Tech firm Lenovo Group Ltd. unveiled its upgraded high-performance computing platform, as the country’s tech giants pushed forward the research and development of supercomputers in an attempt to post global leading breakthroughs, China Daily reported.
The latest system is named Shenteng X9000. It is an integrated solution network embedded with several key technologies such as high-performance computing, artificial intelligence and big data, which industry insiders said can tackle a variety of scenarios.
“The country’s high-performance computing has embraced new breakthroughs,” said Tong Fuyao, senior vice-president of Lenovo.
China has emphasized the importance of high-performance computing, highlighted by the use and application of supercomputers, in making innovations, the report said.
Top500, one of the most authoritative rankings on supercomputers globally, said the country continued to dominate the world’s fastest supercomputers in terms of the number of systems.
With 219 systems, the nation tops the supercomputer list and accounted for 43.8% of the world’s total, followed by the United States with 116 and Japan with 29.
In the list, Lenovo claimed the greatest number of systems globally with 173, while the country’s server maker Inspur Group hit 71, and supercomputer manufacturer Sugon stood at 63.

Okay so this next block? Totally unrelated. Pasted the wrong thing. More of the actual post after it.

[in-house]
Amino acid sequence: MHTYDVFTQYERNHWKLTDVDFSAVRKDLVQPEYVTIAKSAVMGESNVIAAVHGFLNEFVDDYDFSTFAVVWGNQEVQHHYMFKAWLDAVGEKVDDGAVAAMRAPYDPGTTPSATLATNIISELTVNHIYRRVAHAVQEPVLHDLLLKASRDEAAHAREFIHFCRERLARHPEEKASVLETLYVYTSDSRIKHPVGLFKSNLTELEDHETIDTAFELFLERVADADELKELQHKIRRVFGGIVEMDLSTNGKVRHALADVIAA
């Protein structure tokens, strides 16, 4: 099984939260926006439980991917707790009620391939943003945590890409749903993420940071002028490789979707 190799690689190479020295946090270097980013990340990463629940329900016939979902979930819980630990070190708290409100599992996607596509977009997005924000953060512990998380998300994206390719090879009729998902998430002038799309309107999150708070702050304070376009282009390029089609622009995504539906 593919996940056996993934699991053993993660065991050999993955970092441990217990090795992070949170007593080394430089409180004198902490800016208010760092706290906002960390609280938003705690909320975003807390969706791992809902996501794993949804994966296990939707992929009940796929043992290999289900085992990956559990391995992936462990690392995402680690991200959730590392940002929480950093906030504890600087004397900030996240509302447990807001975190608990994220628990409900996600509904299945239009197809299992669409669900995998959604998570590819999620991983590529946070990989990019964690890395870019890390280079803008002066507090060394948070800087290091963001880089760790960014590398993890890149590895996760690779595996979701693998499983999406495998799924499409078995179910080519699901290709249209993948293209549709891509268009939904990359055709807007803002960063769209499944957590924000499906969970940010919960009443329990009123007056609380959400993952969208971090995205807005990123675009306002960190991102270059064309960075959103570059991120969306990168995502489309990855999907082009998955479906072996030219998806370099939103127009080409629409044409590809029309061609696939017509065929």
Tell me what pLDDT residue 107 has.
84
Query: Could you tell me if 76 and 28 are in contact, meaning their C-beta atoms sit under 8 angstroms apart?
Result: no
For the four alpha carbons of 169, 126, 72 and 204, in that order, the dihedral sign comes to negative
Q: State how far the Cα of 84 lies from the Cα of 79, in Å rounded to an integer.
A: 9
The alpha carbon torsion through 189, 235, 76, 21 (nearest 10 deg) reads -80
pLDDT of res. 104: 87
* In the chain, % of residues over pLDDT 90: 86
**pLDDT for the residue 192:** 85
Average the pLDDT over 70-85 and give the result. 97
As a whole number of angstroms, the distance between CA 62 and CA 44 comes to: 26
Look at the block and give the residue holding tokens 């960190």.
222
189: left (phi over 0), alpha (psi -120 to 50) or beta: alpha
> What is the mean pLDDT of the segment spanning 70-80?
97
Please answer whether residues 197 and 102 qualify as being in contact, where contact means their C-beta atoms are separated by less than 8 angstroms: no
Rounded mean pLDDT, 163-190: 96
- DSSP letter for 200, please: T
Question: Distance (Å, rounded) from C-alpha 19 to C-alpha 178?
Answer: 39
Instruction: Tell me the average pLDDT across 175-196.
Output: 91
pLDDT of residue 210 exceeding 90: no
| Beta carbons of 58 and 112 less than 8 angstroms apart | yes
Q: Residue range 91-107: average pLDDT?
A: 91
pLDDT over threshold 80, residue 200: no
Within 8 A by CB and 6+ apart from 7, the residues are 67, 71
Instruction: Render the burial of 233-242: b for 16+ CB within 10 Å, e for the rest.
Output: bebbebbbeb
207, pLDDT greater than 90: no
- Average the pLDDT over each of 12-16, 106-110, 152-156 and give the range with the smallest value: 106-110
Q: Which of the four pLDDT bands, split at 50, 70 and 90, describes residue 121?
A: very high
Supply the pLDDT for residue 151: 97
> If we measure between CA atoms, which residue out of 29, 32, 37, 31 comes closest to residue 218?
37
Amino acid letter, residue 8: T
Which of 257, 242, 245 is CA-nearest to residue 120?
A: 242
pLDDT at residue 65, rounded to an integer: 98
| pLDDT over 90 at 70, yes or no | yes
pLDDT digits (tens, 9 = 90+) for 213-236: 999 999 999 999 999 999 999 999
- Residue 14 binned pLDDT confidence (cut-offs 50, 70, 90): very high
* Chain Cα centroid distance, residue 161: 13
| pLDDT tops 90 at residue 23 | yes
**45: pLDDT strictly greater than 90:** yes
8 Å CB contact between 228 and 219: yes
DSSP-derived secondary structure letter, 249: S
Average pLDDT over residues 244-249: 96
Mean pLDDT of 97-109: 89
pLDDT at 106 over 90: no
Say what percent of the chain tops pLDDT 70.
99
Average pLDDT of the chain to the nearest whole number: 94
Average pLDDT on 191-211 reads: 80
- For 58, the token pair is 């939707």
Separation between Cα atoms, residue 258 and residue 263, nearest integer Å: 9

“Compared with our competitors, Lenovo is a unique company that can offer solutions spanning cloud to the edge, meaning the firm can meet all kinds of demands from clients,” said Scott Tease, executive director of HPC and AI at Lenovo.
Even though the US Commerce Department added five Chinese supercomputer companies to its Entity List barred from buying US technology, Scott said Lenovo has been able to deal with the development because “Lenovo is a China-based company but (has) globalized” its operations.
“We consider ourselves a global asset for high-performance computing. We are able to drive the value of high-performance computing throughout different countries, not just for one or two countries only,” he said.
Qian Depei, dean of the School of Data and Computer Science of Sun Yat-sen University, pointed out that though China has gained momentum in the number of supercomputers globally, there are still many challenges ahead, especially in the E-level supercomputer.